Testimonies to Ministers and Gospel Workers


Differing Attitudes Toward Righteousness by Faith

Ellen White was much in the field during the next two years, endeavoring to lead the churches and conferences to a deeper, fuller understanding of the important message of righteousness by faith. She spoke of this Bible truth as one which, though “new to many minds,” was in reality “old truth in new Framework.”—Ellen G. White, The Review and Herald, July 23, 1889, reprinted in Selected Messages, B. 1, p. 355. TM xxiv.2

She was able to report during the following General Conference session, held in Battle Creek from October 18 to November 5, 1889, that “the spirit that was in the meeting at Minneapolis is not here. All moves off in harmony. There is a large attendance of delegates. Our five O'clock morning meeting is well attended, and the meetings good. All the testimonies to which I have listened have been of an elevating character. They say that the past year has been the best of their life; the light shining forth from the word of God has been clear and distinct—justification by faith, Christ our righteousness. The experiences have been very interesting. TM xxiv.3

“I have attended all but two morning meetings. At eight O'clock Brother Jones speaks upon the subject of justification by faith, and great interest is manifested. There is a growth in faith and in the knowledge of our Lord and Saviour Jesus Christ.”—Ellen G. White Manuscript 10, 1889, published in Selected Messages 1:361. TM xxv.1

Unfortunately, several among the leaders of our work connected with the General Conference and our institutions at Battle Creek ranked themselves on the negative side and established in the very heart of the work of the church a hard core of resistance. Within the next few years, many of those who had placed themselves in this camp saw their mistake and made heartfelt confessions. But there were some who stubbornly resisted. Some of these, connected with the business interests of the church and our institutions, made their influence felt well through the 1890's. It was of such that Ellen White in 1895 wrote as recorded on page 363: “The righteousness of Christ by faith has been ignored by some; for it is contrary to their spirit, and their whole life experience.” TM xxv.2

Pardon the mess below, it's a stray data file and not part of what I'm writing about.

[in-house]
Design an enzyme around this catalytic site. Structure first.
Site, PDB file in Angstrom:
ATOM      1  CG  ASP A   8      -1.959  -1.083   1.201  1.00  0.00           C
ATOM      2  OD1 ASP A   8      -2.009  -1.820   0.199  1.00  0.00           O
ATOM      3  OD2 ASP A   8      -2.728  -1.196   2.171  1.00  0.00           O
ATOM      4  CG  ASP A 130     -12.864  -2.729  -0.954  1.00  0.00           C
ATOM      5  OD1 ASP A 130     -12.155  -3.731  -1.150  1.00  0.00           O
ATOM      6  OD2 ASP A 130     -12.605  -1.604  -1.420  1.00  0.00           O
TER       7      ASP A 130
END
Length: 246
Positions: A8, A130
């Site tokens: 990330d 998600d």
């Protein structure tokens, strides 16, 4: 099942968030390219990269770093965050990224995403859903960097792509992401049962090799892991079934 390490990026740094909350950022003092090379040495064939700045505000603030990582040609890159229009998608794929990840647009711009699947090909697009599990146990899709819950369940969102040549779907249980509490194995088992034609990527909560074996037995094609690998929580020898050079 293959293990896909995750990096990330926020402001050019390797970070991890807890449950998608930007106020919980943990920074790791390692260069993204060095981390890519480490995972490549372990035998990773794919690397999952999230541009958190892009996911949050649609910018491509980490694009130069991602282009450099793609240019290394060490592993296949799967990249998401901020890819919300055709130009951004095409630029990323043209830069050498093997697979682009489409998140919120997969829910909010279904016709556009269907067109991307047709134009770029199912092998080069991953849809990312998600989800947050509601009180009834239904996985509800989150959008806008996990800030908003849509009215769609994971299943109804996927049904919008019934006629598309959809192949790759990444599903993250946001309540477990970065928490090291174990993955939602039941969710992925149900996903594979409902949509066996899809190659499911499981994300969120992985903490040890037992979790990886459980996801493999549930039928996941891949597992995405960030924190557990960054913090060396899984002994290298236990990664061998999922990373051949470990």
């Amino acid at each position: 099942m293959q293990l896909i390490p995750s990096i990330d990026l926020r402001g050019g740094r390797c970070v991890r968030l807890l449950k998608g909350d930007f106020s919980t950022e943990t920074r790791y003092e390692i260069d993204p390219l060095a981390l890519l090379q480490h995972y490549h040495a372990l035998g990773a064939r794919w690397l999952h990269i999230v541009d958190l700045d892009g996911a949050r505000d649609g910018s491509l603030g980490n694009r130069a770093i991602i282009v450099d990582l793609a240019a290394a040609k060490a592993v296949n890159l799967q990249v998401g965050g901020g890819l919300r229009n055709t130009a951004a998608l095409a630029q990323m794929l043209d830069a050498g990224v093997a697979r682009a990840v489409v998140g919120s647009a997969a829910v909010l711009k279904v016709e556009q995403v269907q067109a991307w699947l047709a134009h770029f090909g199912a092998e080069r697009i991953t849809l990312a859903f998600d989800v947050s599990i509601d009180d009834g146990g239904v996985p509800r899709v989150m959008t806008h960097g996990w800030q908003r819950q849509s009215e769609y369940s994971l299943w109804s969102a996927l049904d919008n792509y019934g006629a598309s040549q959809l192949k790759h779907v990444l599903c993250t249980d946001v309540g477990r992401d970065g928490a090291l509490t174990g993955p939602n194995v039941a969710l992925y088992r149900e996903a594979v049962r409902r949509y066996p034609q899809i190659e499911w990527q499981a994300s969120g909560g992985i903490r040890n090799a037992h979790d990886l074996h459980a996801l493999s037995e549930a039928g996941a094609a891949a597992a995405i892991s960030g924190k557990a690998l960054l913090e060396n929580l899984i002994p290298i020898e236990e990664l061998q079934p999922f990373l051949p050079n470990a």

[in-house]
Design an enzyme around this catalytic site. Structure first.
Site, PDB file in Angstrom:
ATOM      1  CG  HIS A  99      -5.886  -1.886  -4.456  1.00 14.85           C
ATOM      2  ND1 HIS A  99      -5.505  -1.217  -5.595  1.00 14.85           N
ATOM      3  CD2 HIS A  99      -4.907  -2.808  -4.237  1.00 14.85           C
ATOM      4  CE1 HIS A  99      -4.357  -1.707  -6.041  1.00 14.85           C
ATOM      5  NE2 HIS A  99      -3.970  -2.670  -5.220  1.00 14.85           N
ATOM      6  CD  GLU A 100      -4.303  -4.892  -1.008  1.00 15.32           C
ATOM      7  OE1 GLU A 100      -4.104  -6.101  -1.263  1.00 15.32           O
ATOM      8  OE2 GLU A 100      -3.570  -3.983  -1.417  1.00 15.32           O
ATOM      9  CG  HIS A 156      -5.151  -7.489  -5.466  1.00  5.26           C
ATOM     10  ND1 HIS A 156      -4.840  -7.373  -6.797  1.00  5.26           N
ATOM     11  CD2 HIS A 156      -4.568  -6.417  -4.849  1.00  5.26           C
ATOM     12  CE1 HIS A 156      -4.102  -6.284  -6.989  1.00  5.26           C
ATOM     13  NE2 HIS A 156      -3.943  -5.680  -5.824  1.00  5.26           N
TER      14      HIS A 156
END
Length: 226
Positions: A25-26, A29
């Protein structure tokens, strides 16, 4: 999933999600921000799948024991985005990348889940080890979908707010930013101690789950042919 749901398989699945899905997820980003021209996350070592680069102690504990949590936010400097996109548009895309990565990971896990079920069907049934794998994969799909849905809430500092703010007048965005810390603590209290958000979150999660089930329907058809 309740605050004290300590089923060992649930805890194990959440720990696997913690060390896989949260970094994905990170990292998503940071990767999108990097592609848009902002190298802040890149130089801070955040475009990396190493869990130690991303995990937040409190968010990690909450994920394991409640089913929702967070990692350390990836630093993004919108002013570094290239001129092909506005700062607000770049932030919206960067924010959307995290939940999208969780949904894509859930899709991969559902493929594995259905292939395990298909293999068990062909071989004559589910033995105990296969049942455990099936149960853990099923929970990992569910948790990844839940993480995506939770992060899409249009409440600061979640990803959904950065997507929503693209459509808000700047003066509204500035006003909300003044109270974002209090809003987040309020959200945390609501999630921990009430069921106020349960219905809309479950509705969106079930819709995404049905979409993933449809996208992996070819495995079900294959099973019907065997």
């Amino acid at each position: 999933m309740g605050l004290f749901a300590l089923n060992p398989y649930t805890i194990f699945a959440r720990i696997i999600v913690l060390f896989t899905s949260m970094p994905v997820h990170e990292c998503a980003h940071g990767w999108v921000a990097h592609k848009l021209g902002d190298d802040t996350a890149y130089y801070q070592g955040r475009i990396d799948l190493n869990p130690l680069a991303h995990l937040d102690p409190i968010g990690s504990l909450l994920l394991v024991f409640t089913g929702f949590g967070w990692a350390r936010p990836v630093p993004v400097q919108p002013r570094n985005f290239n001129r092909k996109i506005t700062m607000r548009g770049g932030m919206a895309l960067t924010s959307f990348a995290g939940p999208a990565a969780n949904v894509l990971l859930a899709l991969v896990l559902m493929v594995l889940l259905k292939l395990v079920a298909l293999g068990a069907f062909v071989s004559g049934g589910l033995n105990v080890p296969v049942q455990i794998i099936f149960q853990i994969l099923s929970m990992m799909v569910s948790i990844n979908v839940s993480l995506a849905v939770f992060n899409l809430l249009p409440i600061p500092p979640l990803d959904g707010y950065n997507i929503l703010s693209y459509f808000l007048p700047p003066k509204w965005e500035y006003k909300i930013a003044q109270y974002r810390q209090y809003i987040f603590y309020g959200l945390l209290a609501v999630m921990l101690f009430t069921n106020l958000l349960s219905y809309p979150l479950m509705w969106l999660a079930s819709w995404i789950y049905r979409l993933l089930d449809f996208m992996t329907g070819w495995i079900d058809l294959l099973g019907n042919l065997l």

In this volume, from page 76 and onward, frequent reference will be found to Minneapolis and its aftermath, and to the experience of some who were involved. TM xxv.3

At the session of 1888, the General Conference Committee was materially changed. O. A. Olsen was called from Europe to take the presidency of the General Conference, replacing George I. Butler. Elder Butler was ill, and, although not present at the Minneapolis Conference session, had placed himself with those on the negative side of the issue. He went into a period of retirement and cared for his invalid wife for ten years or more, then made a good comeback and again occupied positions of responsibility in the denomination. TM xxv.4

Elder Olsen, a man in full sympathy with the emphasis placed on the truth of righteousness by faith, and one who was ever loyal to the spirit of prophecy counsels, found it difficult to meet certain of the problems at Battle Creek. Particularly hard were problems arising from the rapid development of institutions and the enlargement of the work in Battle Creek to the detriment of the work elsewhere. TM xxvi.1